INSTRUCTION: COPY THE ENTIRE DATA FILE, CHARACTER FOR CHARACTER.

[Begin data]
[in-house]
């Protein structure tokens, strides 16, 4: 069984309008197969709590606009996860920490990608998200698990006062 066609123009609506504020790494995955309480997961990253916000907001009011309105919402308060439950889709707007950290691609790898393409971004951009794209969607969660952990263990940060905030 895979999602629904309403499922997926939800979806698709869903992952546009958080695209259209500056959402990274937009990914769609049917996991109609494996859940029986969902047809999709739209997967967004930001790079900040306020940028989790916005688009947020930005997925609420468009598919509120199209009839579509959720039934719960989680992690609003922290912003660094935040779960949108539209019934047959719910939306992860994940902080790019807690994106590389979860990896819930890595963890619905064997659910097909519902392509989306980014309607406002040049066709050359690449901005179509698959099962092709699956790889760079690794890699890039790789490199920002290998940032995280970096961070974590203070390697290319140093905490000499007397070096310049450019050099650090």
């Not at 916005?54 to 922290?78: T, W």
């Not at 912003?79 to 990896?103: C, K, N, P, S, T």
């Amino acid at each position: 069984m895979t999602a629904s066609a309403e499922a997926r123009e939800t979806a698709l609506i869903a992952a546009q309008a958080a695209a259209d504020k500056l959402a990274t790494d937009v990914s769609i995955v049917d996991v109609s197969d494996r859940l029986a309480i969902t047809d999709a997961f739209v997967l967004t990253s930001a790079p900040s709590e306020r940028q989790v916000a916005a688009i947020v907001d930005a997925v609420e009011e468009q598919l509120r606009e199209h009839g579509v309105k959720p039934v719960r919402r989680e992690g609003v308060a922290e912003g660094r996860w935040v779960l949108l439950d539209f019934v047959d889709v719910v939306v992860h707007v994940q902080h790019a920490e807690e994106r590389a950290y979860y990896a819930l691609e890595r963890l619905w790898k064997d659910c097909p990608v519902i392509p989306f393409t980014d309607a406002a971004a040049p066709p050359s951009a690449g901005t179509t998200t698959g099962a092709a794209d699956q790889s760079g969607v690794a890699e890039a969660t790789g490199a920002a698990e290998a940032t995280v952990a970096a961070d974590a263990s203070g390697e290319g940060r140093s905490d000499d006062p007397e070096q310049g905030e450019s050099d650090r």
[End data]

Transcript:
[in-house]
């Protein structure tokens, strides 16, 4: 069984309008197969709590606009996860920490990608998200698990006062 066609123009609506504020790494995955309480997961990253916000907001009011309105919402308060439950889709707007950290691609790898393409971004951009794209969607969660952990263990940060905030 895979999602629904309403499922997926939800979806698709869903992952546009958080695209259209500056959402990274937009990914769609049917996991109609494996859940029986969902047809999709739209997967967004930001790079900040306020940028989790916005688009947020930005997925609420468009598919509120199209009839579509959720039934719960989680992690609003922290912003660094935040779960949108539209019934047959719910939306992860994940902080790019807690994106590389979860990896819930890595963890619905064997659910097909519902392509989306980014309607406002040049066709050359690449901005179509698959099962092709699956790889760079690794890699890039790789490199920002290998940032995280970096961070974590203070390697290319140093905490000499007397070096310049450019050099650090």
């Not at 916005?54 to 922290?78: T, W």
């Not at 912003?79 to 990896?103: C, K, N, P, S, T």
């Amino acid at each position: 069984m895979t999602a629904s066609a309403e499922a997926r123009e939800t979806a698709l609506i869903a992952a546009q309008a958080a695209a259209d504020k500056l959402a990274t790494d937009v990914s769609i995955v049917d996991v109609s197969d494996r859940l029986a309480i969902t047809d999709a997961f739209v997967l967004t990253s930001a790079p900040s709590e306020r940028q989790v916000a916005a688009i947020v907001d930005a997925v609420e009011e468009q598919l509120r606009e199209h009839g579509v309105k959720p039934v719960r919402r989680e992690g609003v308060a922290e912003g660094r996860w935040v779960l949108l439950d539209f019934v047959d889709v719910v939306v992860h707007v994940q902080h790019a920490e807690e994106r590389a950290y979860y990896a819930l691609e890595r963890l619905w790898k064997d659910c097909p990608v519902i392509p989306f393409t980014d309607a406002a971004a040049p066709p050359s951009a690449g901005t179509t998200t698959g099962a092709a794209d699956q790889s760079g969607v690794a890699e890039a969660t790789g490199a920002a698990e290998a940032t995280v952990a970096a961070d974590a263990s203070g390697e290319g940060r140093s905490d000499d006062p007397e070096q310049g905030e450019s050099d650090r």